The last time a pope was in Ireland, Vincent Gamble, 77, was helping out as a steward in the Phoenix Park while his wife, Teresa, 75, was at home expecting the couple's fifth child, a little girl who was born a week later.
This time there was no way Teresa was missing out and her patience was rewarded with a front-row seat and a face-to-face meeting with Pope Francis.
The couple, from Stoneybatter in Dublin, were 51 years married in February and were invited to St Mary's Pro-Cathedral in Dublin to represent an enduring marriage among 370 couples who have only just embarked on their married life or are about to in the months ahead.
Religion has always been an integral part of their lives, since they first met as co-workers in the old Tweed perfume factory, through marriage, children, grandchildren and all the challenges that accompany the journey.
Passing the faith on to the next generations is a challenge, they say, but their meeting with Pope Francis has given them encouragement.
"I think this event will help the young people, to remind them of what it's all about. It will give them a bit of a boost," said Vincent.
"He asked us to pray for him," said Teresa. "And we asked him to pray for us and our family."
Both were holding rosary beads presented to them by the Pope, Teresa's in white, Vincent's in black. "They're very special," said Teresa. "It's a great occasion," agreed Vincent.
Jordan and Stephen Maguire, both 27, from Ballymun, Dublin, have a long way to go to mark their half century - the young couple celebrated three weeks of marriage on Saturday.
But they feel sure the church will support them in the years ahead as they have felt supported since they were children.
"We've always been involved in our parish ever since we were young. Myself and Stephen got together when we were 14 and ever since then we've been involved in church plays, doing readings, helping out with Christmas Mass. So we were absolutely delighted to be invited here," Jordan said.
Stephen and Jordan had prepared a question for the Pope, about how they could support and strengthen their own faith.
"His answer was that everything comes from the home, that if you keep the faith in the home, you'll keep it for the children," Stephen explained.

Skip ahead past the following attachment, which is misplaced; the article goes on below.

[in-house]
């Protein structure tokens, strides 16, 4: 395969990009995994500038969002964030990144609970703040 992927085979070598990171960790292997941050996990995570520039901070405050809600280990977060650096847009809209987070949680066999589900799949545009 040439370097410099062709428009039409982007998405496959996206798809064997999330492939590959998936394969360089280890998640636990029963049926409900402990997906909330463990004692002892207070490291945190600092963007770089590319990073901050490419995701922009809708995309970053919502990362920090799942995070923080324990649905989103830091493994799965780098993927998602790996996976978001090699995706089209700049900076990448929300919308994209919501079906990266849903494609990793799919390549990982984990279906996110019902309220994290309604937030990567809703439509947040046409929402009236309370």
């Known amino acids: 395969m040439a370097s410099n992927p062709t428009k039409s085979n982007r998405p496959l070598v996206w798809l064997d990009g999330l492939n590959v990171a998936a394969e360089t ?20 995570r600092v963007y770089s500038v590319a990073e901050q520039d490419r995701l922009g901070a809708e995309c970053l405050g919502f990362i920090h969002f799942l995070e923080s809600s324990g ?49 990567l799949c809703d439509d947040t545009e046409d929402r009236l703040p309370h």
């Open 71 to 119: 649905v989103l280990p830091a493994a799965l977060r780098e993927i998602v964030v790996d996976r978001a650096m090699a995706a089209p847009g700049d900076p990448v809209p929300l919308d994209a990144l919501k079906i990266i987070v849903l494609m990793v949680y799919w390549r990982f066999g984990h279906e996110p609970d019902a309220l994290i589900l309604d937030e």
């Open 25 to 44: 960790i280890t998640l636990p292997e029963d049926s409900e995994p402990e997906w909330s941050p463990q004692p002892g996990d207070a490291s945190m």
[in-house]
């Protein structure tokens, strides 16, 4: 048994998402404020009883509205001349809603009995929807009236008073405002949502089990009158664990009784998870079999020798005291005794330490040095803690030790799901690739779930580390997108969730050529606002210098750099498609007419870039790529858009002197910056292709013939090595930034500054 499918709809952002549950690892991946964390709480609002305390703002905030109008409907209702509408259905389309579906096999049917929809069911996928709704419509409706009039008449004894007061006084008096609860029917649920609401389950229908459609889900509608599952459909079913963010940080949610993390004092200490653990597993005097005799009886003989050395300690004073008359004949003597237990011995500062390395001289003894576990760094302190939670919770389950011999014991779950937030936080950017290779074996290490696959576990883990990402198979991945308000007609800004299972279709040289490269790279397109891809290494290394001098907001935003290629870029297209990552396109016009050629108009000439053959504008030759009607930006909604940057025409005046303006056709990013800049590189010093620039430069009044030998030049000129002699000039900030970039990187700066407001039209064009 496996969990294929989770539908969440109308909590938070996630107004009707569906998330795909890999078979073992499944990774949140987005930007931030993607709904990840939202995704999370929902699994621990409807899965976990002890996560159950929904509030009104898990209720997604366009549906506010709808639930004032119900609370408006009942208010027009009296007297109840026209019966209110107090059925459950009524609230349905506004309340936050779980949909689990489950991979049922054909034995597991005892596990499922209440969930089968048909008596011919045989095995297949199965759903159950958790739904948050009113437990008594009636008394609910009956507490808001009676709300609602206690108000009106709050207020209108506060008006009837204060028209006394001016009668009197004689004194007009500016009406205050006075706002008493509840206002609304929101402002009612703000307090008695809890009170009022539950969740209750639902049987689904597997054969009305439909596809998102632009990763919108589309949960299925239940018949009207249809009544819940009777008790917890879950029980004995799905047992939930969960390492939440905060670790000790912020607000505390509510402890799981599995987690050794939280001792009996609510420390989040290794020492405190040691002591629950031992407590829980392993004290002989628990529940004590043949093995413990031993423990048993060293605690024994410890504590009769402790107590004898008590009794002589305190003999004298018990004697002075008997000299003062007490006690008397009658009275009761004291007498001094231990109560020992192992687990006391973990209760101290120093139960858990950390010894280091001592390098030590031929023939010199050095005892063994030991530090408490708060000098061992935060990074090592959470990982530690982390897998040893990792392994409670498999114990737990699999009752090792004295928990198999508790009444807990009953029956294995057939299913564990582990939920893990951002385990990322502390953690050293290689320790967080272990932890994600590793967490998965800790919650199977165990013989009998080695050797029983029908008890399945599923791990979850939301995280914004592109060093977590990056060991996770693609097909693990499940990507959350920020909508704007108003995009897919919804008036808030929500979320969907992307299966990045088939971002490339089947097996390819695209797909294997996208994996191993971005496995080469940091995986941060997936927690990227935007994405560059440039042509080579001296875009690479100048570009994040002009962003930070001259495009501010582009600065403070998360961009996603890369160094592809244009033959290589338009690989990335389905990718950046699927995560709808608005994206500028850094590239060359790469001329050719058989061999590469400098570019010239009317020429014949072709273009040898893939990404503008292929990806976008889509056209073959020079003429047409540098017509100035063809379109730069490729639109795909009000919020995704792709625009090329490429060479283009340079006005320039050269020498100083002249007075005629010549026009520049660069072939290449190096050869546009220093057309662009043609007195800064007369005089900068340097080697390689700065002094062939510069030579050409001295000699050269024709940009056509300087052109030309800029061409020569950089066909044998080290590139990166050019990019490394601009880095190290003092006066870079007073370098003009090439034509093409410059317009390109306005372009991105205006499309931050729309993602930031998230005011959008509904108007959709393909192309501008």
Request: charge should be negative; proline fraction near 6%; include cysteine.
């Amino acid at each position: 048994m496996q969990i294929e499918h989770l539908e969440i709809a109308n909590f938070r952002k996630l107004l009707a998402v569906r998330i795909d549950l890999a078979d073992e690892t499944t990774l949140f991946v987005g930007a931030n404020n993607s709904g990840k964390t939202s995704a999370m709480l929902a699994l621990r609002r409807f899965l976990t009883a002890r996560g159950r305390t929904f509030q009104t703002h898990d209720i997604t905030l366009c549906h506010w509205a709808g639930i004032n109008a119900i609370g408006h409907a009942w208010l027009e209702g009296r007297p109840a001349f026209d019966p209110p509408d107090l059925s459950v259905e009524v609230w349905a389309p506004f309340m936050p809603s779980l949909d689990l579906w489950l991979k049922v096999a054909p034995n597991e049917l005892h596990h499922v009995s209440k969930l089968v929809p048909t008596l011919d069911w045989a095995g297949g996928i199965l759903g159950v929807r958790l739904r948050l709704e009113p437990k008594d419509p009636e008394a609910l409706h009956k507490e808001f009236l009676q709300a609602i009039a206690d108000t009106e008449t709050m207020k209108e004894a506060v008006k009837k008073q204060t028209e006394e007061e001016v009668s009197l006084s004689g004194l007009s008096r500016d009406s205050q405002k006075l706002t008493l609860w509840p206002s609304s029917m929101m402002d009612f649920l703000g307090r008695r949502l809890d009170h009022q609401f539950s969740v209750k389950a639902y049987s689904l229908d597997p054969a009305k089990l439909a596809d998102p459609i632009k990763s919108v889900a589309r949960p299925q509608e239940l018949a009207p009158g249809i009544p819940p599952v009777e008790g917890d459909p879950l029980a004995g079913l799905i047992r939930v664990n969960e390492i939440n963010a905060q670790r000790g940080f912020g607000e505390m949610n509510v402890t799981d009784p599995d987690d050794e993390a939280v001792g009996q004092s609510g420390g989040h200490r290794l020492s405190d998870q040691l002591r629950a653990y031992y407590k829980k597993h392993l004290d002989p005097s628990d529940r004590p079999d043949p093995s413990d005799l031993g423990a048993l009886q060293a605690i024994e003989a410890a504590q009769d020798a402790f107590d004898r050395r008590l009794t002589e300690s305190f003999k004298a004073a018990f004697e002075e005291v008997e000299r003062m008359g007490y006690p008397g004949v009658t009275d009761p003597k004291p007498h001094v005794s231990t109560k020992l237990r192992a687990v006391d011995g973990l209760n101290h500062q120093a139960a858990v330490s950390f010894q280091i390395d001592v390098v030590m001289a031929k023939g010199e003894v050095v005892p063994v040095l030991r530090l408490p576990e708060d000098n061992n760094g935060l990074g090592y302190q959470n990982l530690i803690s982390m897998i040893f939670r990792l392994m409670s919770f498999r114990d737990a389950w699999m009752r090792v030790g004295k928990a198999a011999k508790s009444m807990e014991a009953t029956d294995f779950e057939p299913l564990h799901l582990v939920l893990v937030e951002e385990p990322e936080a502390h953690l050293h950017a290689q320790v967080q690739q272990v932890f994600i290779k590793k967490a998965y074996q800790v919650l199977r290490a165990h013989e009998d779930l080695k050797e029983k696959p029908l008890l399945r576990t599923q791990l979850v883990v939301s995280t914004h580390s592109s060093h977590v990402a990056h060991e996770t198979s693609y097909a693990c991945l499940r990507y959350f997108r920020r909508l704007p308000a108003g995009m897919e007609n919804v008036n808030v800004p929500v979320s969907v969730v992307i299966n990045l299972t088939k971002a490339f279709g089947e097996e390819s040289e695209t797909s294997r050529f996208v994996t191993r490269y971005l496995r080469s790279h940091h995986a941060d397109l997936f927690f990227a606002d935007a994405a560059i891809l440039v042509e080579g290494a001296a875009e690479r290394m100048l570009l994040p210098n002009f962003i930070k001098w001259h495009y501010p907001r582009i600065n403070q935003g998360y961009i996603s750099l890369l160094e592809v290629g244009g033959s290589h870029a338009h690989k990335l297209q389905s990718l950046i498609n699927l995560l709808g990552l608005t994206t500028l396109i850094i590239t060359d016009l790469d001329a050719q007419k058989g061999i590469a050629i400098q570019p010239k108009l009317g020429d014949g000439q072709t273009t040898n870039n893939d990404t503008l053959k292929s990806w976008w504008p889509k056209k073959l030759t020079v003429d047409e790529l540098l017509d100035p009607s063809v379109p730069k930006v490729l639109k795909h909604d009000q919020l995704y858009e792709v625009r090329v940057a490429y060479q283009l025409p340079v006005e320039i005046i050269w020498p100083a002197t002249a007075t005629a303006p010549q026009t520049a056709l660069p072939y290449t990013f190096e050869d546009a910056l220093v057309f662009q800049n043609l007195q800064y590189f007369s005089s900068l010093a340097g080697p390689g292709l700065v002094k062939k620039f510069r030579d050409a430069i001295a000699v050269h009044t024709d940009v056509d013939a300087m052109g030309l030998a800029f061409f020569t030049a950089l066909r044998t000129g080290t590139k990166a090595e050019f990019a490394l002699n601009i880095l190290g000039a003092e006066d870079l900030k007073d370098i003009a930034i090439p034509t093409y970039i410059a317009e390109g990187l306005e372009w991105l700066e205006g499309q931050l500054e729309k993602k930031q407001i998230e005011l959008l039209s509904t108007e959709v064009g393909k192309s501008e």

Jordan said they're not unusual in having a church wedding - two out of the three weddings they attended in recent times took place in the church.
"It is still important for a lot of people to get married in the church. I always knew I would. Ever since I was a small child growing up, I said I'm getting married in a church. Our church has beautiful stained glass windows and it's very picturesque so I knew it would be beautiful."
Despite being separated by generations and social revolutions, the Gambles and the Maguires felt the Pope's message was relevant for them all.
That message was a reinforcement of the uniqueness and specialness of marriage. Over a 25-minute address to the gathering, Pope Francis told them that marriage was the future of the church.
"We have to acknowledge that nowadays we are not used to anything that really lasts for the whole of our lives," he said. Marriage, however, was something to hold on to and nurture for life.
"Pray together as a family," he urged. "Live in deep solidarity with those who suffer and are at the edges of society. When you do this with your children, their hearts will gradually fill with generous love for others."
He continued: "Our world needs a revolution of love. Let that revolution being with you and your families."
It was a relaxed atmosphere, the silence of the congregation as they listened intently to the simultaneous translation in their earpieces punctuated only by occasional laughter at his gentle asides, and the alternating gurgling and fretting of the few young babies present.
Before he began his address, Pope Francis paused for private prayer at the candle of the innocents, a candle that has been burning continuously in the Pro-Cathedral since 2010 in memory of all those who have suffered clerical abuse.
Around the corner, on Sean McDermott Street, the derelict remains of the last Magdalene Laundry to close in Ireland, are a haunting reminder of that abuse. Local people tied baby shoes and ribbons to the railings and hoped the Pope's motorcade would stop to acknowledge them as they passed. That did not happen.